Asee peer logo

Exploring How Faculty Mentoring Influences Faculty Productivity

Download Paper |

Conference

2021 ASEE Virtual Annual Conference Content Access

Location

Virtual Conference

Publication Date

July 26, 2021

Start Date

July 26, 2021

End Date

July 19, 2022

Conference Session

Faculty Development Division Poster Session

Tagged Division

Faculty Development Division

Page Count

7

Permanent URL

https://peer.asee.org/37144

Download Count

17

Request a correction

Paper Authors

biography

Steven Edalgo Clemson University

visit author page

I am a Ph.D student in Engineering and Science Education at Clemson University. My academic background is in Pure Mathematics and Mathematics Education.

visit author page

biography

Karen A. High Clemson University

visit author page

Dr. Karen High holds an academic appointment in the Engineering Science and Education Department (ESED) at Clemson University. Prior to this Dr. Karen was at Oklahoma State University where she was a professor for 24 years in Chemical Engineering. She received her B.S. in chemical engineering from University of Michigan in 1985 and her M.S. in 1988 and Ph.D. in 1991 in chemical engineering both from Pennsylvania State University. Dr. Karen’s educational research emphasis includes faculty development and mentoring, graduate student development, critical thinking and communication skills, enhancing mathematical student success in Calculus (including Impact of COVID-19), and promoting women in STEM. Her technical research focuses on sustainable chemical process design, computer aided design, and multicriteria decision making. She also has extensive experience in K-12 STEM education and program evaluation and assessment. She has held a variety of administrative positions: 1) Director of STEM Faculty Development Initiatives-Clemson, 2) Associate Dean for Undergraduate Studies in the College of Engineering, Computing and Applied Sciences-Clemson, 3) Interim Director of Student Services-Oklahoma State University, 4) Coordinator of the Women in Engineering Program-Oklahoma State University, and 5) Director of the Oklahoma State University Measurement and Control Engineering Center-Oklahoma State University.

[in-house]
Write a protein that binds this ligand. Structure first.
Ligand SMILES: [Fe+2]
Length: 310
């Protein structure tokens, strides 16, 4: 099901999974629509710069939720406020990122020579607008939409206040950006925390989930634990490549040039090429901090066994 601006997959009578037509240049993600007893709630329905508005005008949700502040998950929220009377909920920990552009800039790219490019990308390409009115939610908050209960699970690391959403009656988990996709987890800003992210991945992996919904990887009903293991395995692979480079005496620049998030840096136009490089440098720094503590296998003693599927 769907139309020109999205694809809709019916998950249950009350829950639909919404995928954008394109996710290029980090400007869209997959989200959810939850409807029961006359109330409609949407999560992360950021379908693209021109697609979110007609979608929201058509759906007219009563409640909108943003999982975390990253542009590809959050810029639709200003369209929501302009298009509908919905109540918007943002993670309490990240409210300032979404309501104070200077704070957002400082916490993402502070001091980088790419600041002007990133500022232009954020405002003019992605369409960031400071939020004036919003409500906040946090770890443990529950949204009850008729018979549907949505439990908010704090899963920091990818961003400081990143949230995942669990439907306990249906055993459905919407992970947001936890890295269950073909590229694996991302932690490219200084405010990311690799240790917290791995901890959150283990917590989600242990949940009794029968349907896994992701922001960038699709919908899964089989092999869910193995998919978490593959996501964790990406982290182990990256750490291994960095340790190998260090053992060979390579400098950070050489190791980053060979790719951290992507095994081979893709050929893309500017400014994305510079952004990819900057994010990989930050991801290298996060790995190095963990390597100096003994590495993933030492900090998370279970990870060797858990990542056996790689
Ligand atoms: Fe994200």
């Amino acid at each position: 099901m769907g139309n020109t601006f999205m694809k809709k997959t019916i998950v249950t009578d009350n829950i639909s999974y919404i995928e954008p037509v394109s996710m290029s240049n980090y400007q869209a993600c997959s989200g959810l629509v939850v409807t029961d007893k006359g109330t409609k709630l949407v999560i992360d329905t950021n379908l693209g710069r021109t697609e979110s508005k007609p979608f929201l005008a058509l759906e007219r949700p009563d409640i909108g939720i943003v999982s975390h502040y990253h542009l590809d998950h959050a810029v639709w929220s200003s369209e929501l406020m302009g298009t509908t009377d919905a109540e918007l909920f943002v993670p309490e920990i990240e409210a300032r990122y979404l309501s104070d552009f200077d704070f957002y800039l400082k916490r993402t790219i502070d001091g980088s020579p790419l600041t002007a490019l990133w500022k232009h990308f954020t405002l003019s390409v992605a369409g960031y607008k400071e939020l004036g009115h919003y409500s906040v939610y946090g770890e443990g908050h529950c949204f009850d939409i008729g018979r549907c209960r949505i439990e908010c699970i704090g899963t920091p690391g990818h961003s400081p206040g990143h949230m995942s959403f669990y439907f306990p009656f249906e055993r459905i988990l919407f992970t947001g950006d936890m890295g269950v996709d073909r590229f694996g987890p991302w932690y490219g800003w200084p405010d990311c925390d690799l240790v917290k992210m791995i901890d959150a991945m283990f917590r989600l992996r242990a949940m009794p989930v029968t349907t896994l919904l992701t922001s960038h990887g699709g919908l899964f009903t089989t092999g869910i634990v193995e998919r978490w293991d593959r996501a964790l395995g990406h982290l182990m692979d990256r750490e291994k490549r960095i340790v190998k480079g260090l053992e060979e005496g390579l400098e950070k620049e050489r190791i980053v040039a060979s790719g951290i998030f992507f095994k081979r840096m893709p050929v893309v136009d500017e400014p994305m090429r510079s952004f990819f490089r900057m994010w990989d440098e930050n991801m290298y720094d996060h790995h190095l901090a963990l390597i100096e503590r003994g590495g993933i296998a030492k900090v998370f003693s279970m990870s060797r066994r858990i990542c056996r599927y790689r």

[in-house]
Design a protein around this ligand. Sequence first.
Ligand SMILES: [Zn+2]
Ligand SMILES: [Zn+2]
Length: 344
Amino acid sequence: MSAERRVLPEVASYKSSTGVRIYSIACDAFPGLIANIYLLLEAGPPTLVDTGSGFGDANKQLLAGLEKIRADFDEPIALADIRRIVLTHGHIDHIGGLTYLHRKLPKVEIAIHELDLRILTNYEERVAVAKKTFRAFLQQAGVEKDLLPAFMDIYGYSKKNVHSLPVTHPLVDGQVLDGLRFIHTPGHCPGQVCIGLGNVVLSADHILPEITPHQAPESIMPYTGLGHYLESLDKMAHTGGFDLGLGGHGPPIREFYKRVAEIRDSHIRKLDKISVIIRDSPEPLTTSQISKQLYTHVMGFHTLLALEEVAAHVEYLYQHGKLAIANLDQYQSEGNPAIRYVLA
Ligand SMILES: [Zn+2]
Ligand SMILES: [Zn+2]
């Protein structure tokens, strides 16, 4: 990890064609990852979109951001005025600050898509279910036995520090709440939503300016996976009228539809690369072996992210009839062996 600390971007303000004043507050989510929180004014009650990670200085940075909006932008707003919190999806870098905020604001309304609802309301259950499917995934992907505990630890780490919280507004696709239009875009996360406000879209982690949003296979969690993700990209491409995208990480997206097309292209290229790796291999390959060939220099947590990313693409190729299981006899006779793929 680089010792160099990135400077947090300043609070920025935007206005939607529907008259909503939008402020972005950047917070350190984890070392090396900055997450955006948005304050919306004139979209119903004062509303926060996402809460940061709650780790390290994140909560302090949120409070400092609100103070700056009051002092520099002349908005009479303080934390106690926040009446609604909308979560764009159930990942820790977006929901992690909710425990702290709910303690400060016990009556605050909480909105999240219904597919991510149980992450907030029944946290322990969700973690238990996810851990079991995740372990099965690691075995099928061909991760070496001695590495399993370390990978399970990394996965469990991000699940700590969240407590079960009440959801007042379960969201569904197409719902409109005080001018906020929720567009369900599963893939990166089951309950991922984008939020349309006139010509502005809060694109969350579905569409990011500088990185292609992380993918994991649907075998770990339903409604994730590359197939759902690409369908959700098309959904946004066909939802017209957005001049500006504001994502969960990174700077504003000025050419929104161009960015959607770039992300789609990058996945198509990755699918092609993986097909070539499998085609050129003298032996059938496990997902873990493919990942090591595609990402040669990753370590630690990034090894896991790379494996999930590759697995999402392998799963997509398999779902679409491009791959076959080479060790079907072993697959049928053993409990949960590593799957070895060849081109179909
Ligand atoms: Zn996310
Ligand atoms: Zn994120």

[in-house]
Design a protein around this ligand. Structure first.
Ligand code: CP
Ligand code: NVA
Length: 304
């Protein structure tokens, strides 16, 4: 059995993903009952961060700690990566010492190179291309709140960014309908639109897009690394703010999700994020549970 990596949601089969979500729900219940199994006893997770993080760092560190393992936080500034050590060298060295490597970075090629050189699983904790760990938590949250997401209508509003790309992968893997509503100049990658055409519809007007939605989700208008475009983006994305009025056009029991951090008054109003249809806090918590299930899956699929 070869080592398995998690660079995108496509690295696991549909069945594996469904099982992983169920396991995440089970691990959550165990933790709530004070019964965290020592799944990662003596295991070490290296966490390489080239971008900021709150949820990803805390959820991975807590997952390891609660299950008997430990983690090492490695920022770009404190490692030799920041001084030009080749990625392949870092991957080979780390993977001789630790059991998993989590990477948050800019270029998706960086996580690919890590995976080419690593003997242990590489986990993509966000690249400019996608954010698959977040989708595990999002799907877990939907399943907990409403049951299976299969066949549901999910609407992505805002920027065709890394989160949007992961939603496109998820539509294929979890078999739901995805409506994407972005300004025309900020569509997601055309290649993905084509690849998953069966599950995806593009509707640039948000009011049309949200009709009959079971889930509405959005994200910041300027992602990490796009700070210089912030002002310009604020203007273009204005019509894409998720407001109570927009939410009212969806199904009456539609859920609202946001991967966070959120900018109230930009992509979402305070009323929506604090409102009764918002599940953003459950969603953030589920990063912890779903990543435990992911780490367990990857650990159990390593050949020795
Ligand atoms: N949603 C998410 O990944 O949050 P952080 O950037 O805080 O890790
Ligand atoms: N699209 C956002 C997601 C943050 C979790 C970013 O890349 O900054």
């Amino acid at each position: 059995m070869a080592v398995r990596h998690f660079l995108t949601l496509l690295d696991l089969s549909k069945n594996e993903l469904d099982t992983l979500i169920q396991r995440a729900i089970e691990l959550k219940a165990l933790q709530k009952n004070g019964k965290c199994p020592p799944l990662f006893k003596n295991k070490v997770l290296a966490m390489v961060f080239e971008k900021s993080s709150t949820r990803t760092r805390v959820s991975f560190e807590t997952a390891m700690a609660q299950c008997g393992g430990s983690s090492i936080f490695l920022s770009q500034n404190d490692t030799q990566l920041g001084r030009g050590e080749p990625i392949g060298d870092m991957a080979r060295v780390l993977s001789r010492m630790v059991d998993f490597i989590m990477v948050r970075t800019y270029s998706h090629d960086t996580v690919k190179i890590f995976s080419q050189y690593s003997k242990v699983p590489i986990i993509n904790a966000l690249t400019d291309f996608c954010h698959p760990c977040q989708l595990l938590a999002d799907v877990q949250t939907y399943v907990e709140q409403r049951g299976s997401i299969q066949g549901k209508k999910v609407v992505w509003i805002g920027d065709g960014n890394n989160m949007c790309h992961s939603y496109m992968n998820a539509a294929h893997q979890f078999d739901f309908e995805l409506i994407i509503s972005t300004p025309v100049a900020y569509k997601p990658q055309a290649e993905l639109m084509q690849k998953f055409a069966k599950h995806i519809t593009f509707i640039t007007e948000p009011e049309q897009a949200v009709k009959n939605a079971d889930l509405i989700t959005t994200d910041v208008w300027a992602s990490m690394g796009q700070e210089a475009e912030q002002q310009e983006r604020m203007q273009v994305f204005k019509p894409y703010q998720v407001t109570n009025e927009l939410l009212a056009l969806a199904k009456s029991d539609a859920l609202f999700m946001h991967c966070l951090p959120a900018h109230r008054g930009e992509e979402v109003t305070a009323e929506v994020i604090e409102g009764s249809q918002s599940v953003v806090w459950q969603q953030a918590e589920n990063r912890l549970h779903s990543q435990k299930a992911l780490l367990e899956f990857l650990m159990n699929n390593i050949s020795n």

visit author page

biography

Gary Lichtenstein Arizona State University

visit author page

Gary Lichtenstein, Ed.D., Director of Program Effectiveness for the Entrepreneurial Mindset initiative at the Ira A. Fulton Schools of Engineering at Arizona State University. He is also and founder and principal of Quality Evaluation Designs, a firm specializing in research and evaluation for K-12 schools, universities, and government and non-profit organizations nationwide. He specializes in entrepreneurship education, research and evaluation methods, and STEM retention.

visit author page

biography

Cindy M. Lee Clemson University Orcid 16x16 orcid.org/0000-0003-4058-8251

visit author page

Cindy M. Lee serves as the department chair of Clemson University's Engineering and Science Education Department, a graduate-only department that offers a graduate certificate program in STEM education pedagogy and introduction to education research methods as well as a PhD program in STEM education research. Cindy's research and teaching has focused on graduate education, sustainability education, and environmental chemistry. She has served as the founding program manager for the NSF Environmental Sustainability program. Cindy is an associate editor for environmental chemistry for Environmental Toxicology and Chemistry.

visit author page

biography

Joyce B. Main Purdue University at West Lafayette Orcid 16x16 orcid.org/0000-0002-3984-533X

visit author page